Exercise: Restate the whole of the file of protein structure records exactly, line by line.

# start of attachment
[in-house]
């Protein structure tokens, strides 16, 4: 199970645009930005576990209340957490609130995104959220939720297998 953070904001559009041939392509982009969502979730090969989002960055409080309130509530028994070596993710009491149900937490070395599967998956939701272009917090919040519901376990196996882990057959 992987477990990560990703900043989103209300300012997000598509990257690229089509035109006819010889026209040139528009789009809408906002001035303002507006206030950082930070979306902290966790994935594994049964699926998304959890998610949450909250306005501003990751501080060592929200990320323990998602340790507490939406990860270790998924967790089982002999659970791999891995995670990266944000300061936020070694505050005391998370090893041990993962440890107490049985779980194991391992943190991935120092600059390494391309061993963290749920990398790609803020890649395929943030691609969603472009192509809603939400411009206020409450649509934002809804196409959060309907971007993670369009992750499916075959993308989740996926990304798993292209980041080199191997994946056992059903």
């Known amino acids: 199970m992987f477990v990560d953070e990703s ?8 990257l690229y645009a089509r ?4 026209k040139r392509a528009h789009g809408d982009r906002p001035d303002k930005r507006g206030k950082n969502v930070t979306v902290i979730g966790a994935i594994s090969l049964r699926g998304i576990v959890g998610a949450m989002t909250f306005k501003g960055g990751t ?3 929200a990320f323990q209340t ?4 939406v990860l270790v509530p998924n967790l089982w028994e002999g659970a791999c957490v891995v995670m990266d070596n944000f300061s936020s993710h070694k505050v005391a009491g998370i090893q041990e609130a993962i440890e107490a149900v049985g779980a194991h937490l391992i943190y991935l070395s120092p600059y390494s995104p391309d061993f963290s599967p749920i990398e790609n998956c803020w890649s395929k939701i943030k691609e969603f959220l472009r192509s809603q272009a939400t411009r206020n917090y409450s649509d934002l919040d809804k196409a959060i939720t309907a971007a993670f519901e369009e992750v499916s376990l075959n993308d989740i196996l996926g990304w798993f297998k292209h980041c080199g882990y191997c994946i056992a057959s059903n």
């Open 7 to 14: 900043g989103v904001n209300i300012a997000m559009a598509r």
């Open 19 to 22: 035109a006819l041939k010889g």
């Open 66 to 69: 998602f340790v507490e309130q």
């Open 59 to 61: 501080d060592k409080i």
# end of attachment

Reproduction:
[in-house]
């Protein structure tokens, strides 16, 4: 199970645009930005576990209340957490609130995104959220939720297998 953070904001559009041939392509982009969502979730090969989002960055409080309130509530028994070596993710009491149900937490070395599967998956939701272009917090919040519901376990196996882990057959 992987477990990560990703900043989103209300300012997000598509990257690229089509035109006819010889026209040139528009789009809408906002001035303002507006206030950082930070979306902290966790994935594994049964699926998304959890998610949450909250306005501003990751501080060592929200990320323990998602340790507490939406990860270790998924967790089982002999659970791999891995995670990266944000300061936020070694505050005391998370090893041990993962440890107490049985779980194991391992943190991935120092600059390494391309061993963290749920990398790609803020890649395929943030691609969603472009192509809603939400411009206020409450649509934002809804196409959060309907971007993670369009992750499916075959993308989740996926990304798993292209980041080199191997994946056992059903």
């Known amino acids: 199970m992987f477990v990560d953070e990703s ?8 990257l690229y645009a089509r ?4 026209k040139r392509a528009h789009g809408d982009r906002p001035d303002k930005r507006g206030k950082n969502v930070t979306v902290i979730g966790a994935i594994s090969l049964r699926g998304i576990v959890g998610a949450m989002t909250f306005k501003g960055g990751t ?3 929200a990320f323990q209340t ?4 939406v990860l270790v509530p998924n967790l089982w028994e002999g659970a791999c957490v891995v995670m990266d070596n944000f300061s936020s993710h070694k505050v005391a009491g998370i090893q041990e609130a993962i440890e107490a149900v049985g779980a194991h937490l391992i943190y991935l070395s120092p600059y390494s995104p391309d061993f963290s599967p749920i990398e790609n998956c803020w890649s395929k939701i943030k691609e969603f959220l472009r192509s809603q272009a939400t411009r206020n917090y409450s649509d934002l919040d809804k196409a959060i939720t309907a971007a993670f519901e369009e992750v499916s376990l075959n993308d989740i196996l996926g990304w798993f297998k292209h980041c080199g882990y191997c994946i056992a057959s059903n």
């Open 7 to 14: 900043g989103v904001n209300i300012a997000m559009a598509r």
């Open 19 to 22: 035109a006819l041939k010889g």
């Open 66 to 69: 998602f340790v507490e309130q």
């Open 59 to 61: 501080d060592k409080i």